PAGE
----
This course is a survey of early African American history. It will introduce students to major themes and events while also covering historical interpretations and debates in the field. Core themes of the course include migration, conflict, and culture. Beginning with autonomous African politics, the course traces the development of the United States through the experiences of enslaved and free African American women and men to the Civil War. The main aim of the course is for students to become familiar with key issues and developments in African American history and their centrality to understanding U.S. history.

HIST 205.00 American Environmental History 6 credits

George H Vrtis

Environmental concerns, conflicts, and change mark the course of American history, from the distant colonial past to our own day. This course will consider the nature of these eco-cultural developments, focusing on the complicated ways that human thought and perception, culture and society, and natural processes and biota have all combined to forge Americans' changing relationship with the natural world. Topics will include Native American subsistence strategies, Euroamerican settlement, industrialization, urbanization, consumption, and the environmental movement. As we explore these issues, one of our overarching goals will be to develop an historical context for thinking deeply about contemporary environmental dilemmas.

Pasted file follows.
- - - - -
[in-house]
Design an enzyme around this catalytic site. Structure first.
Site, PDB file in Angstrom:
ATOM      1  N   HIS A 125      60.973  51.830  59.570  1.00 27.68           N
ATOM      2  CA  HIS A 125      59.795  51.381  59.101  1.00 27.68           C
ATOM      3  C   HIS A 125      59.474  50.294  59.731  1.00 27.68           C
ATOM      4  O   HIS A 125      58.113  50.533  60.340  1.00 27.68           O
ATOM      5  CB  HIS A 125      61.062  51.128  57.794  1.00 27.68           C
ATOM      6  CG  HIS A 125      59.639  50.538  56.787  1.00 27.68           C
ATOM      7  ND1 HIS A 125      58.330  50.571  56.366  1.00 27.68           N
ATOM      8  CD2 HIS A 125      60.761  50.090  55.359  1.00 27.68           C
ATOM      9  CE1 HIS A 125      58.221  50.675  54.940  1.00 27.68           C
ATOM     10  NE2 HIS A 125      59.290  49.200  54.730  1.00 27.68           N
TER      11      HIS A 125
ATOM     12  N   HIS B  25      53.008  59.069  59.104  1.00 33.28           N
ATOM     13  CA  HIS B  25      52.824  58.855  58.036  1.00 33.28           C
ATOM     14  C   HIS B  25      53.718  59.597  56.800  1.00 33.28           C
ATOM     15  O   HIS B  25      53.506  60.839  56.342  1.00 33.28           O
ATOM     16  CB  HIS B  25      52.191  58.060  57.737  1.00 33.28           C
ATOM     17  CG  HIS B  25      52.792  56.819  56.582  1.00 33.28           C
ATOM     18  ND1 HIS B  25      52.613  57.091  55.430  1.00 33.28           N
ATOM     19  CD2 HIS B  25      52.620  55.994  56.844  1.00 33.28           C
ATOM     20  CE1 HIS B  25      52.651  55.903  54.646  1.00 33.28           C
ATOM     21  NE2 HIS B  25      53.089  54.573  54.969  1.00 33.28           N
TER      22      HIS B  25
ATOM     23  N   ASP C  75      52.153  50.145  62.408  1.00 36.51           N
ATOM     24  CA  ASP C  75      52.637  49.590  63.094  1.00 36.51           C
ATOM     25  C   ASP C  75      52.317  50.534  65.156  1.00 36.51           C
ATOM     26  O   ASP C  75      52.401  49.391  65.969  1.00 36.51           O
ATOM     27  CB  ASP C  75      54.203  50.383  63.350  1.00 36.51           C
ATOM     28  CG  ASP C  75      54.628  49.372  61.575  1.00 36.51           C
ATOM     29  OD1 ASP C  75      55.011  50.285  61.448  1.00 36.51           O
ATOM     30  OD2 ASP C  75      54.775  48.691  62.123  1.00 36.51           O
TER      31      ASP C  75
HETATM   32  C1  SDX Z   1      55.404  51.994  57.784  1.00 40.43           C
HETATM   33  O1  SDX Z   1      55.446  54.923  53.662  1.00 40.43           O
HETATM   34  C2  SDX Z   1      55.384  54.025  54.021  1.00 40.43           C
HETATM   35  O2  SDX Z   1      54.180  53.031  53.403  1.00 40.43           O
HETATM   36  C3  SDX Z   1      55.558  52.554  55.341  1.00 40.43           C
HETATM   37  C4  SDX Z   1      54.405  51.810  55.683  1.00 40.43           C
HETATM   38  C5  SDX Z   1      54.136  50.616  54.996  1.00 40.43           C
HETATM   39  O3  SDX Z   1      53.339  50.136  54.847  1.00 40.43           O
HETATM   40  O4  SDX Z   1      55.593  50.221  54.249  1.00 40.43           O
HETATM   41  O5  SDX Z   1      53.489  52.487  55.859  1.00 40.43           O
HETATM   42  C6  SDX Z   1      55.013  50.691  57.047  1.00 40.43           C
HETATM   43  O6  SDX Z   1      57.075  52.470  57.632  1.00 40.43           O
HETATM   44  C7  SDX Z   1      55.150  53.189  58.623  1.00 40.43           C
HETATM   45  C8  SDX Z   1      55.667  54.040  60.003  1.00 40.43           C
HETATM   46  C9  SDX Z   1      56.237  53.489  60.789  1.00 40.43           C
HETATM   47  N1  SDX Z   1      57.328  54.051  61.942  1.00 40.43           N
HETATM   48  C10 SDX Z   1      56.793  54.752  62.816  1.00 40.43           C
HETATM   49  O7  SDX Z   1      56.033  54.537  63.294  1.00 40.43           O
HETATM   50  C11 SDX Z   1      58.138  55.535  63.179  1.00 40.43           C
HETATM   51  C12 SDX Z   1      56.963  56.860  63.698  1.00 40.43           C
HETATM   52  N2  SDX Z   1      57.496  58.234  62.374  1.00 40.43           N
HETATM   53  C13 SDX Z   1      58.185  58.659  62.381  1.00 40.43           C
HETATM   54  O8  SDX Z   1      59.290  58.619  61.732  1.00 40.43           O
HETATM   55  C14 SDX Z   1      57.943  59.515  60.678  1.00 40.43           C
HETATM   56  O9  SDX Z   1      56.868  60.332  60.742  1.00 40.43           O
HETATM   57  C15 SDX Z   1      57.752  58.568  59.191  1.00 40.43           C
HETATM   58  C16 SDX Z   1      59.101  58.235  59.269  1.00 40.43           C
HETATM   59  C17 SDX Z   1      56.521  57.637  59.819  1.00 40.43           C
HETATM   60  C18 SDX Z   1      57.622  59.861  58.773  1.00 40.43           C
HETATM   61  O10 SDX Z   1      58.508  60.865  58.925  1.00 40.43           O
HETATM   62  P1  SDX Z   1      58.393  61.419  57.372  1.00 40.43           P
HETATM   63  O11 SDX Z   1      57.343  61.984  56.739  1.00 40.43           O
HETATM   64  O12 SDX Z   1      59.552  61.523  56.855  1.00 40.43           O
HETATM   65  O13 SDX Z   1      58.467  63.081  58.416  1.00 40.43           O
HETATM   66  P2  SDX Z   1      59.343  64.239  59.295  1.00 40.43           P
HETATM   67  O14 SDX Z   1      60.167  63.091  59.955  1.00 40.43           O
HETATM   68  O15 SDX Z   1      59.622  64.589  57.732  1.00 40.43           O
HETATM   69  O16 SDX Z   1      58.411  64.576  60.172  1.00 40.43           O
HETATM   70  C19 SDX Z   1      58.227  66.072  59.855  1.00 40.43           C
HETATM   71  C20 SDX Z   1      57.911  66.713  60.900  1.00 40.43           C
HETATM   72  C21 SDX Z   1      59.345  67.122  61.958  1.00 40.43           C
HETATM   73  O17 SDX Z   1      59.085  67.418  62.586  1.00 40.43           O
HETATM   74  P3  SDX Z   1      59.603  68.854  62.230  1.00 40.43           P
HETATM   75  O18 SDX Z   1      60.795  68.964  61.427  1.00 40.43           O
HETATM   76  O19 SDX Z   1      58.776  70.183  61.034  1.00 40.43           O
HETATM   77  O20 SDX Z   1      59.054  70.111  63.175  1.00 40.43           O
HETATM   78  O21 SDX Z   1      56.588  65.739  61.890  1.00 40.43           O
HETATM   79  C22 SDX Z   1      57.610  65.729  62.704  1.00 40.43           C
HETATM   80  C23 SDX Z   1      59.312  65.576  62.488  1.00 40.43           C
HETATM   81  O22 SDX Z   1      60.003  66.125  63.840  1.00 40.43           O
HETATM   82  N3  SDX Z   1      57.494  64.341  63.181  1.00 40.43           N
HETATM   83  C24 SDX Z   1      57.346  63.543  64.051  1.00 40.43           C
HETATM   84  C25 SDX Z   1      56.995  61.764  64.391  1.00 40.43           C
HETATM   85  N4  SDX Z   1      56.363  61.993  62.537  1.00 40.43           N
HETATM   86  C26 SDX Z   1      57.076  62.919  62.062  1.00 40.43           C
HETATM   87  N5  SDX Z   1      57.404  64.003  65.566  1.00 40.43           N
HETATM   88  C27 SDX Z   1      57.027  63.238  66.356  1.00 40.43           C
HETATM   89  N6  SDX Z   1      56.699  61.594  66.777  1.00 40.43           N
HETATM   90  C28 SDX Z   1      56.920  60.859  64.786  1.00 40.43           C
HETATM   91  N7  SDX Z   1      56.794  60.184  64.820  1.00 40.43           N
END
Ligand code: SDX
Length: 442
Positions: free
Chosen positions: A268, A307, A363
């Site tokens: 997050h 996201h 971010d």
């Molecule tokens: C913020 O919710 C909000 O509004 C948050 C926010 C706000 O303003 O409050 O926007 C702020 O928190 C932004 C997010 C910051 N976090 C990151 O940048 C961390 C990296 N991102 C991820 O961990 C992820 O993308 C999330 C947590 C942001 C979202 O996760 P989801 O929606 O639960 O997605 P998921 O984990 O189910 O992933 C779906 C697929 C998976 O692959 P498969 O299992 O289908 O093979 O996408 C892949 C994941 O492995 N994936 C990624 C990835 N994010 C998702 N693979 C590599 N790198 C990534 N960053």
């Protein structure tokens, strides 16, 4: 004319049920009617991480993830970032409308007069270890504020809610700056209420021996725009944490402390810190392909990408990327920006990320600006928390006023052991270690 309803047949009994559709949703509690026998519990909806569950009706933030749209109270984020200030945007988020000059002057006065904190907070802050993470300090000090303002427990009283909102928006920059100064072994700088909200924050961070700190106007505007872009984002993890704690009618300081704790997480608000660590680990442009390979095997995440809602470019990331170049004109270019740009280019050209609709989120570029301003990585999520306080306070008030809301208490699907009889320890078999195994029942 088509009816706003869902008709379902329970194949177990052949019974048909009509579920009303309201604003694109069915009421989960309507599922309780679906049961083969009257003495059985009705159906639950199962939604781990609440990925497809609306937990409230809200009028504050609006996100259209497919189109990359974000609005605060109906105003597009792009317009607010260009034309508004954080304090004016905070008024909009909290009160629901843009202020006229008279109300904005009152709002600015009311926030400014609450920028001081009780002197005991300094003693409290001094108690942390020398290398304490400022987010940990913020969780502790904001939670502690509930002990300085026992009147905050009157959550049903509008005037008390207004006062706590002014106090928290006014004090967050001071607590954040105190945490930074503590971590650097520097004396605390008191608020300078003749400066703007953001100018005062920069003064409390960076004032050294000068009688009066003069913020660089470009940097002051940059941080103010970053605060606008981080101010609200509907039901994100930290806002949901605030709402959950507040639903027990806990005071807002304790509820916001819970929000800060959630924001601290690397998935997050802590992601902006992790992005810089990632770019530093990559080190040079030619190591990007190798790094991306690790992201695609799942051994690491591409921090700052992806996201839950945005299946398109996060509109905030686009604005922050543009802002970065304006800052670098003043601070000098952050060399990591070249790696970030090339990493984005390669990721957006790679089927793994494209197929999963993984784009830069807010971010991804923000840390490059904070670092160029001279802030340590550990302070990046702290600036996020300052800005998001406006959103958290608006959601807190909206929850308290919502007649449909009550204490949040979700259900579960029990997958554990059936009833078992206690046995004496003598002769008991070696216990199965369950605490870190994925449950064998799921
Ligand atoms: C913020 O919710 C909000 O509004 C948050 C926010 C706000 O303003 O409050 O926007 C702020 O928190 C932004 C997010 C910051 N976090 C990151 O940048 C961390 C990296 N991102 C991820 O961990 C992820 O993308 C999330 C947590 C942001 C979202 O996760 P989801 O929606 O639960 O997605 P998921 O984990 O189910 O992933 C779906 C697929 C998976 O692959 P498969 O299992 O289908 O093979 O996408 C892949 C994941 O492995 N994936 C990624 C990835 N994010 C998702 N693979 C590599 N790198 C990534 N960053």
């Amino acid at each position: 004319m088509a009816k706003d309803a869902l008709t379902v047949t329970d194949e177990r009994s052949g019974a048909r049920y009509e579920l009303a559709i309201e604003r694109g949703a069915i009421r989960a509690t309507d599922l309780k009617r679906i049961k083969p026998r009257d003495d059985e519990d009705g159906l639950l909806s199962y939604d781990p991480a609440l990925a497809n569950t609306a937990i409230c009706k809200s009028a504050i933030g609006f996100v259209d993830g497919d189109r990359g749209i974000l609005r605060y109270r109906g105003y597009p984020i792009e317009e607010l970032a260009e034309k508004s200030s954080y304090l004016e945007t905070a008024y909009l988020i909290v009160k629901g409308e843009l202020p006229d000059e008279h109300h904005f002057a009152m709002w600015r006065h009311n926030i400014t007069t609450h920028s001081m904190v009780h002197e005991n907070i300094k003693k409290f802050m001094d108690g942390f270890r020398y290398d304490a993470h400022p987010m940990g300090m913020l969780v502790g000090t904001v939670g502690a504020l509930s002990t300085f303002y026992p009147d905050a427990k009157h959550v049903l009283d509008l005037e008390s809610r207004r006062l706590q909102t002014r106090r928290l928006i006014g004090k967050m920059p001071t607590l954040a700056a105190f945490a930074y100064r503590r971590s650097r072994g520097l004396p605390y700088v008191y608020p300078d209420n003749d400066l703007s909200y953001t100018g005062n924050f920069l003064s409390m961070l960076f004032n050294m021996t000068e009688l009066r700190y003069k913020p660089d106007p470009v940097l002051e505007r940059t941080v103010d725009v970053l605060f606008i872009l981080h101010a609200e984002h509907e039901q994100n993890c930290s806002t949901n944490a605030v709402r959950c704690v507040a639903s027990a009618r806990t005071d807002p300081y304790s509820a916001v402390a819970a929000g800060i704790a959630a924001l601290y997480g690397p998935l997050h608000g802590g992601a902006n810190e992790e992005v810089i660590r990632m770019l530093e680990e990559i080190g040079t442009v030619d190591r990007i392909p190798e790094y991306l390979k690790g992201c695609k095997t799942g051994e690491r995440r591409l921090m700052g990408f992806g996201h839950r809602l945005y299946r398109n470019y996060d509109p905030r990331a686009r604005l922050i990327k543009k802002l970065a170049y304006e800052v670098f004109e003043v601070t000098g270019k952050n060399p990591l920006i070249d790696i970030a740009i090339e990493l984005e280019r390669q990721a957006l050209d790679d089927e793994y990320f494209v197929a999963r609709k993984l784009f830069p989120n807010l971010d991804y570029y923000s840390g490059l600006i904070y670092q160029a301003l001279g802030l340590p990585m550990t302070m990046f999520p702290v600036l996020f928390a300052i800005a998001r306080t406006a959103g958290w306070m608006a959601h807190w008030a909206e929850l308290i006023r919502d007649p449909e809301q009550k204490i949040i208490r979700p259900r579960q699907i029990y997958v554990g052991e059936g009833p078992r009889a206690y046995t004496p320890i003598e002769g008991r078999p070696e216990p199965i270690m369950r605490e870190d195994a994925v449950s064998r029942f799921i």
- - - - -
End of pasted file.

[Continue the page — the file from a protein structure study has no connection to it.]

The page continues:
HIST 212.00 The Era of the American Revolution 6 credits

Serena R Zabin

How Revolutionary was the American Revolution? This class will examine the American Revolution as both a process and a phenomenon. For whom, for what, and how was the United States created? We will consider the relationship of the American Revolution to social, cultural, economic, political, and ideological change in the lives of Americans from the founding fathers to the disenfranchised, focusing on the period 1750-1790. 

HIST 220.00 From Blackface to Blaxploitation: Black History and/in Film 6 credits

Rebecca J Brueckmann

This course focuses on the representation of African American history in popular US-American movies. It will introduce students to the field of visual history, using cinema as a primary source. Through films from the twentieth and twenty-first centuries, the seminar will analyze African American history, (pop-)cultural depictions, and memory culture. We will discuss subjects, narrative arcs, stylistic choices, production design, performative and film industry practices, and historical receptions of movies. The topics include slavery, racial segregation and white supremacy, the Black Freedom Movement, controversies and conflicts in Black communities, Black LGBTQIA+ history, ghettoization and police brutality, Black feminism, and Afrofuturism.